Every window sealed, every door locked, until we went around again. Back to the first door. I noticed just one bolt and the handle missing. I gave a gentle pull, a more persistent one, followed by a convincing tug. The doors swung open, we were in!
We didn’t know what it was, but we were about to find out. Quickly closing the doors behind us, we hurried away from the exposed entrance to the corridor to the left. Darkness awaited, but we made our way along, systematically opening doors left and right as we went, stumbling into a world of discarded office junk and neglected shit no longer wanted.
Jackets, chairs, desks, drawers, phones, files, tyres, a Bon Jovi poster(!), spanners, other tools, a huge discarded German flag, a wheelbarrow, even a bicycle! What the fuck was this place?!
The Landesamt für Bürger- und Ordnungsangelegenheiten Kraftfahrzeugzulassungsbehörde Berlin Lichtenberg – to give it its full title, which no doubt its workers used to take sadistic pleasure in doing every time they picked up the phone.
From a limited amount of research, enthusiasm dwindled by a lack of Stasi or Nazi involvement, I ascertained this was up to quite recently Lichtenberg’s regional government authority, where vehicles were registered, foreigners tracked (there were a lot of offices dedicated to Ausländers), and from where the local population was generally annoyed and controlled accordingly with great mountains of bullshit letters and pointless correspondence. They now operate in Friedrichstraße, from where they terrorise the Lichtenbergers with less likelihood of them calling in.
The electricity was still running – lights worked when switched on – but the water was switched off. Offices above the ground were either locked or bare, suggesting they may come back to gut the bottom rooms, or they simply got bored and gave up before they were finished.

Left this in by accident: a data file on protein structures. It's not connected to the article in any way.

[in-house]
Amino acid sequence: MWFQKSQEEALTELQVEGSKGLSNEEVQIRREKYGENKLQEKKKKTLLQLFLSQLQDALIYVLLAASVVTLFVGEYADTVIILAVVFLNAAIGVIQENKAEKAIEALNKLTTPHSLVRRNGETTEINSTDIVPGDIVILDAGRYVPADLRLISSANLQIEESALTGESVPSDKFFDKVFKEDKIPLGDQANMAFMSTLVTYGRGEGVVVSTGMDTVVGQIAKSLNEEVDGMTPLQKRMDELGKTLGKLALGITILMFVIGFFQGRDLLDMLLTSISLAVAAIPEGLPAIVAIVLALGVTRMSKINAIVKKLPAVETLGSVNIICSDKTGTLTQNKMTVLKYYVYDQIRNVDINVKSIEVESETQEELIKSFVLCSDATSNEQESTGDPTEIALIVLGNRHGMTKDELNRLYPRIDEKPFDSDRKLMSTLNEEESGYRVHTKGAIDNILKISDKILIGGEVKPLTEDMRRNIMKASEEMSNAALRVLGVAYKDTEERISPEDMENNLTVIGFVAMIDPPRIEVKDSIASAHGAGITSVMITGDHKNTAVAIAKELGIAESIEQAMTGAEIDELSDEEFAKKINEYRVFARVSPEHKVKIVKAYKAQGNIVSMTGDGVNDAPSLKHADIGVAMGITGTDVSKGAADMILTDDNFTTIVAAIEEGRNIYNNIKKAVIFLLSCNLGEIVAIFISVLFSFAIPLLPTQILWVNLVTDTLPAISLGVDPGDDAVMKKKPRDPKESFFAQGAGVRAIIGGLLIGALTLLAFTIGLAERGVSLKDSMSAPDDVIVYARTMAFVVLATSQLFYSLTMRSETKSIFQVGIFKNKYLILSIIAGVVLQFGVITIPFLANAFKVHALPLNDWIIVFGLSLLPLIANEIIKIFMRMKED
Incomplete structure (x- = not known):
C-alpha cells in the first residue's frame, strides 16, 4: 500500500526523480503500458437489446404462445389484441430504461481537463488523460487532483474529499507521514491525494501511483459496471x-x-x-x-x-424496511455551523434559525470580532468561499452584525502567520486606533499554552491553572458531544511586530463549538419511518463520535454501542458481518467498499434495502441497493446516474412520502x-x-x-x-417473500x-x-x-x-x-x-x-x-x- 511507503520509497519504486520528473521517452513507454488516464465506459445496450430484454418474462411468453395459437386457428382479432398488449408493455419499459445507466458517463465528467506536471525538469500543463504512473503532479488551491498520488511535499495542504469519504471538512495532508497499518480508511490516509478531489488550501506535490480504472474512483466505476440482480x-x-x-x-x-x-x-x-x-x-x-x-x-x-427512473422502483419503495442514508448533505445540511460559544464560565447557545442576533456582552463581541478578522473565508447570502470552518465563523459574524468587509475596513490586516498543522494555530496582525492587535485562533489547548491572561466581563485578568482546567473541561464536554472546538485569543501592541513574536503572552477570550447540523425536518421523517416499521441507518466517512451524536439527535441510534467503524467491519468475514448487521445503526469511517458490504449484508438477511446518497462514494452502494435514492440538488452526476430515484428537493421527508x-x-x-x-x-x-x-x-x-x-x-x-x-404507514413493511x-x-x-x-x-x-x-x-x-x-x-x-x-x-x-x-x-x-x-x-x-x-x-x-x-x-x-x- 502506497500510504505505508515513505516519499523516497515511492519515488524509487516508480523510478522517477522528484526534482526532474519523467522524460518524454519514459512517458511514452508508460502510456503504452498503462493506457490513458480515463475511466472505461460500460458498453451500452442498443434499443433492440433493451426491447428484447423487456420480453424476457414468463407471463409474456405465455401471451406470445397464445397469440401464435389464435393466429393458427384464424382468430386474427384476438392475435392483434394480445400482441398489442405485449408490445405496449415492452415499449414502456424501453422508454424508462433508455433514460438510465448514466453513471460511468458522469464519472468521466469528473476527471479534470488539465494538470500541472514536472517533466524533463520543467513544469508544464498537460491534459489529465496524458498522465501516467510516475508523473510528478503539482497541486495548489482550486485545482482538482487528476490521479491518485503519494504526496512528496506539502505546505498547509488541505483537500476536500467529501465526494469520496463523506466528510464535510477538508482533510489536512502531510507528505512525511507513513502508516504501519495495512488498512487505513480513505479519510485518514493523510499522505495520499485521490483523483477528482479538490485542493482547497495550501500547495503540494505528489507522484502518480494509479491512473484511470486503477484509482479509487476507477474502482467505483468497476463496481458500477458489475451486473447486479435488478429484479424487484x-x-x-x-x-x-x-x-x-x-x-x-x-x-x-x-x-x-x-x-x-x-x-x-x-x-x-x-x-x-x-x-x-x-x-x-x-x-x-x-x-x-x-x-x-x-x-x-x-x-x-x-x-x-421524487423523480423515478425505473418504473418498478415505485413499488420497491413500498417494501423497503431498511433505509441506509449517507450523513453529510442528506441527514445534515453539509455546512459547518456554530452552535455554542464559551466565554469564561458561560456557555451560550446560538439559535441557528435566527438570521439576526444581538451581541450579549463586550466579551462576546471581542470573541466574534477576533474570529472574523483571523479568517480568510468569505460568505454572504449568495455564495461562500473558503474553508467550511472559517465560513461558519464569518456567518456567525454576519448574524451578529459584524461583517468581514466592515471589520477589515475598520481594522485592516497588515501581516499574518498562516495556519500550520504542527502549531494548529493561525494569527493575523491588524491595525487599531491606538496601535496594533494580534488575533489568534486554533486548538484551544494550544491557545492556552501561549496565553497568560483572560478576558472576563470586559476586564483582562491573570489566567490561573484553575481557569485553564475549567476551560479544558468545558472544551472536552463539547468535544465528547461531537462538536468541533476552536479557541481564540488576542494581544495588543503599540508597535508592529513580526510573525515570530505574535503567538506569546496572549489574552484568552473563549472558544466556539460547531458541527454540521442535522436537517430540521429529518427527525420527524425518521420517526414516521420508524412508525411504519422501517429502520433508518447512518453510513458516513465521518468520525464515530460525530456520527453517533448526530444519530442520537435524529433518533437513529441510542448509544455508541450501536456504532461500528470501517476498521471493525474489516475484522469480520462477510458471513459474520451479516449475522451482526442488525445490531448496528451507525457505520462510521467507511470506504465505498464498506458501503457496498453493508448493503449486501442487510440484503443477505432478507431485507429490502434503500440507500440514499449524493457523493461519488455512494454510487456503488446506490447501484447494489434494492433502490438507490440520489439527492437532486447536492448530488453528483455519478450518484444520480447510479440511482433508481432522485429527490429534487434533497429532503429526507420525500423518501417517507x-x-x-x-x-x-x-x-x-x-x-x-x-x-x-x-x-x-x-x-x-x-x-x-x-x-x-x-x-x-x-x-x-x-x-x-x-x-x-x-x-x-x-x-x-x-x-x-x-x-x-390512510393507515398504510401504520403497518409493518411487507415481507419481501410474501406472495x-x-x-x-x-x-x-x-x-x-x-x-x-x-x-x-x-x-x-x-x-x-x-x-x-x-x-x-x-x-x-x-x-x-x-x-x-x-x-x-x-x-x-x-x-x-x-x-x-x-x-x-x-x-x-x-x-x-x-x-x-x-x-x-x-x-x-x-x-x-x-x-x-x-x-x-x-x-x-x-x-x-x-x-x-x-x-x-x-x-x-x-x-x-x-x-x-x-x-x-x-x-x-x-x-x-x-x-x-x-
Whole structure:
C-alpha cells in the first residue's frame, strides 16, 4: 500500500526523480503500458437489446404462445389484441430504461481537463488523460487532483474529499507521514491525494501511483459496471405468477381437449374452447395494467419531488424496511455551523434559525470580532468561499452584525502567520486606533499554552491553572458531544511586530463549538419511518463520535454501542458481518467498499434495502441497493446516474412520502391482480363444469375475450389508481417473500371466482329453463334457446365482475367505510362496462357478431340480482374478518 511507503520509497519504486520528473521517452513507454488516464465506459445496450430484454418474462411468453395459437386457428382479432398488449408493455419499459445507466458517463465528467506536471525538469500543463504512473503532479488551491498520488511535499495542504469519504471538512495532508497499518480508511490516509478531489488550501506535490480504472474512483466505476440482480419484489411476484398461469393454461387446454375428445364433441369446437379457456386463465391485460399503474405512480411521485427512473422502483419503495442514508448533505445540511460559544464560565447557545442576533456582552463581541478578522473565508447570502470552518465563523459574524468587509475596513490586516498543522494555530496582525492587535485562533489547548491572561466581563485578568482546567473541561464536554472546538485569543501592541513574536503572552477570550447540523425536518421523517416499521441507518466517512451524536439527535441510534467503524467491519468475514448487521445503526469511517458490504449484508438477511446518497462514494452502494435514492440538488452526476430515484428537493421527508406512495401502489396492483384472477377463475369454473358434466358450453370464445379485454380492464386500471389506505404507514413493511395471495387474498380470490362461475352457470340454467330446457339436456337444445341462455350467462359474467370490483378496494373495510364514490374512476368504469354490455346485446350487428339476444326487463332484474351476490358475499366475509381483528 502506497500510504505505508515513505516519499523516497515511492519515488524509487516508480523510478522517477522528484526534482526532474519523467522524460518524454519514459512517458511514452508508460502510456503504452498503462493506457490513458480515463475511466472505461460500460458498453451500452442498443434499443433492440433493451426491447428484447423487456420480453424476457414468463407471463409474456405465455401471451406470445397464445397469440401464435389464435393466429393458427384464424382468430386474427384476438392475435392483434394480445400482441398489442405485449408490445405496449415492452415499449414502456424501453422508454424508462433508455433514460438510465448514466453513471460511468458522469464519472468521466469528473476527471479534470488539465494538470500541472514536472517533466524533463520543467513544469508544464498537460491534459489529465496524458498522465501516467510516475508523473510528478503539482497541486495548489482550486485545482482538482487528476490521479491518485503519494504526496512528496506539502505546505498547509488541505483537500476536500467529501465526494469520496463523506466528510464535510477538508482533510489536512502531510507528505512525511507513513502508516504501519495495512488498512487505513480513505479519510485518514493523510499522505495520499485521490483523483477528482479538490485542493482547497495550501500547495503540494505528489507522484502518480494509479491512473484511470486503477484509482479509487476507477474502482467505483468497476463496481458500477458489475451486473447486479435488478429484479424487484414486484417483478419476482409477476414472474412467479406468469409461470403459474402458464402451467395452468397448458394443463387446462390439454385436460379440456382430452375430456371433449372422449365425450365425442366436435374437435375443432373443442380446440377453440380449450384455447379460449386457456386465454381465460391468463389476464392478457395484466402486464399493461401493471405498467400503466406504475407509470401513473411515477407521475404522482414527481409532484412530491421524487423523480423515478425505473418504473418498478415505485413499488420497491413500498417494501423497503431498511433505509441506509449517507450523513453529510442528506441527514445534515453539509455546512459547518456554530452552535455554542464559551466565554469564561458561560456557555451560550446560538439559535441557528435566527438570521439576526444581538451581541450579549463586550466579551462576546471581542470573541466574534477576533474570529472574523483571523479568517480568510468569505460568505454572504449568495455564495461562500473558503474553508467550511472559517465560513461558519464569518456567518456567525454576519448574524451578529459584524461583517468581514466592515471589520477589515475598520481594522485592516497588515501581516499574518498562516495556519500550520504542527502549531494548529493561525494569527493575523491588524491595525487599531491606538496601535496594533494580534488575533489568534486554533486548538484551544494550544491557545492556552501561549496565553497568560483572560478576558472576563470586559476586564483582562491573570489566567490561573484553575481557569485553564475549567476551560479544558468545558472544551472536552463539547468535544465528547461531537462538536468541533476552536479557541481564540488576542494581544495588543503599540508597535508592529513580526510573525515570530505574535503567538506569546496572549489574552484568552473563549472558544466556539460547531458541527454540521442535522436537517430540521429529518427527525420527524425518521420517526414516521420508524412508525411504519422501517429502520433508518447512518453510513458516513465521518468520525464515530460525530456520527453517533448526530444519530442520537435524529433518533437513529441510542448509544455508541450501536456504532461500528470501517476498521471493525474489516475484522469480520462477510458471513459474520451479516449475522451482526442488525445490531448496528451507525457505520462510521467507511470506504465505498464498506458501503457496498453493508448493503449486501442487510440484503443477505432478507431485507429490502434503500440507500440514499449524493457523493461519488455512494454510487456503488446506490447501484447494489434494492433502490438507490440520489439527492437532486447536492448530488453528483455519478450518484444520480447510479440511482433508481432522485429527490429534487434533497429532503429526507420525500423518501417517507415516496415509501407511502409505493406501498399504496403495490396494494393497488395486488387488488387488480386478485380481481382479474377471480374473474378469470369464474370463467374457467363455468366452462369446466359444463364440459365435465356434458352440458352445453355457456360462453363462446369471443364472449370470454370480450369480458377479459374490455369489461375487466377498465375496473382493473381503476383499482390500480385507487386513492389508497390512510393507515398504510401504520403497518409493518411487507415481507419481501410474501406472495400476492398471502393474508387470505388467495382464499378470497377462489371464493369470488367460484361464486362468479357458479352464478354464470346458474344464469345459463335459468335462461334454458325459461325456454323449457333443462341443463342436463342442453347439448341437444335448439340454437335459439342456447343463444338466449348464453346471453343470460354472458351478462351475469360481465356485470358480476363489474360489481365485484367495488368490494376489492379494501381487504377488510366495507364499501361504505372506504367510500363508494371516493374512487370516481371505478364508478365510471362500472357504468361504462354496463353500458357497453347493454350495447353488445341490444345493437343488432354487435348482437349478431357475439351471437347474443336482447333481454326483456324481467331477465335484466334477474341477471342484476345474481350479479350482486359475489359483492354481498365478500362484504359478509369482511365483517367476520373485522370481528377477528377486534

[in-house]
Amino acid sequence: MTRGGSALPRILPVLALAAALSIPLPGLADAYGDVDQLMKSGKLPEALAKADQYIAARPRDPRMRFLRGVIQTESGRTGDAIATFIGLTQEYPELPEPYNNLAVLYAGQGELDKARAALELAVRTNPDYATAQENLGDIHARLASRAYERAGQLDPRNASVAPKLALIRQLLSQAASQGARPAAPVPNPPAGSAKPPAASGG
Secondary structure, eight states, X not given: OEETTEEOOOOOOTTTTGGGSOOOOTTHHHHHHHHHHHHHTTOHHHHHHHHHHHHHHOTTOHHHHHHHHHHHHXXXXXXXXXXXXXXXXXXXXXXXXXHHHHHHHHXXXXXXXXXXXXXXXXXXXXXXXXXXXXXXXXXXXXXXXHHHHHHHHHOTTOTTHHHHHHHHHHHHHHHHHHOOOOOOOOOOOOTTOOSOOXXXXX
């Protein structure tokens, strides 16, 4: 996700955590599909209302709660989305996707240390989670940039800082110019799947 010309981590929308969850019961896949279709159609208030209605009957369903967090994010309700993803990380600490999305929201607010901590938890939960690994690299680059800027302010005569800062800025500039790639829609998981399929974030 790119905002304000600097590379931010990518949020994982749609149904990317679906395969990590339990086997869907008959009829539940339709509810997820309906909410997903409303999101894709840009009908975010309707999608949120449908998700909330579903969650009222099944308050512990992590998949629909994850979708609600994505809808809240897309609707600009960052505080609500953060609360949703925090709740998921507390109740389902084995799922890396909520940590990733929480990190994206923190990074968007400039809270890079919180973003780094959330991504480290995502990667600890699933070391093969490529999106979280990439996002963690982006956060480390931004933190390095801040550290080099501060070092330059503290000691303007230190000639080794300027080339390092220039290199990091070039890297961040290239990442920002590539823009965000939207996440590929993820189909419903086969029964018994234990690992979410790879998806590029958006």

We were trying to get into the Stasi Prison when we found this place today. (Yes I know there are tours and you don’t have to sneak in. We wanted to see the bits they don’t want to show tourists.)
On our way, we also stumbled across a GDR (or shortly thereafter) industrial park where they used to wash and spray cars, make road signs for motorways, and where the buildings were made of absolute shite. They were smashed to smithereens, outside walls too, with the vandals betraying the prefabricated buildings’ utterly lamentable lack of brick.
An oul fart walking his dog stopped and came back for a closer look when he saw us poking around outside the fence. He was probably an old Stasi guard – habits die hard – with nothing better to do with his time than be pedantic. At least I hope he was. I’d hate to think he was normal.
Even his dog was tugging at his leash in embarrassment. “Come on for feck’s sake,” he was probably barking to himself. An Irish dog apparently.
Former Lichtenberg local government offices, responsible for making sure all its citizens’ cars were properly registered, all the pesky foreigners kept in line, everybody appropriately bothered with enough inane paperwork to justify its own existence. It was so successful, all its officials were duly moved to a more fashionable address in the centre of Berlin.
Ferdinand-Schultze-Straße 55, 13055 Berlin, Germany.
How to get there
Get the tram to Freienwalderstraße, walk down towards the Stasi prison and go around to the right of that. The industrial park will be in front of you, and the Landesamt is behind that. You’ll see the top of it poking above the trees.
Hop the fence. Watch out for nosy codgers with nothing better to do with their time. Having said that, we just ignored your man in the end.
When to go
Whenever is fine. Although the electricity is running, I don’t think there’s active security – although I may be wrong!
2/10. Quite easy actually, once you get there, and once you find the door with the dodgy lock.
Who to bring
Whoever. Go on your own if you like being spooked out.
What to bring
Camera as always. A torch for the dark corners. Quiet soles – just in case!
No major dangers as far as I can see, but as always, be careful, keep your eyes peeled and watch out for nosy neighbours.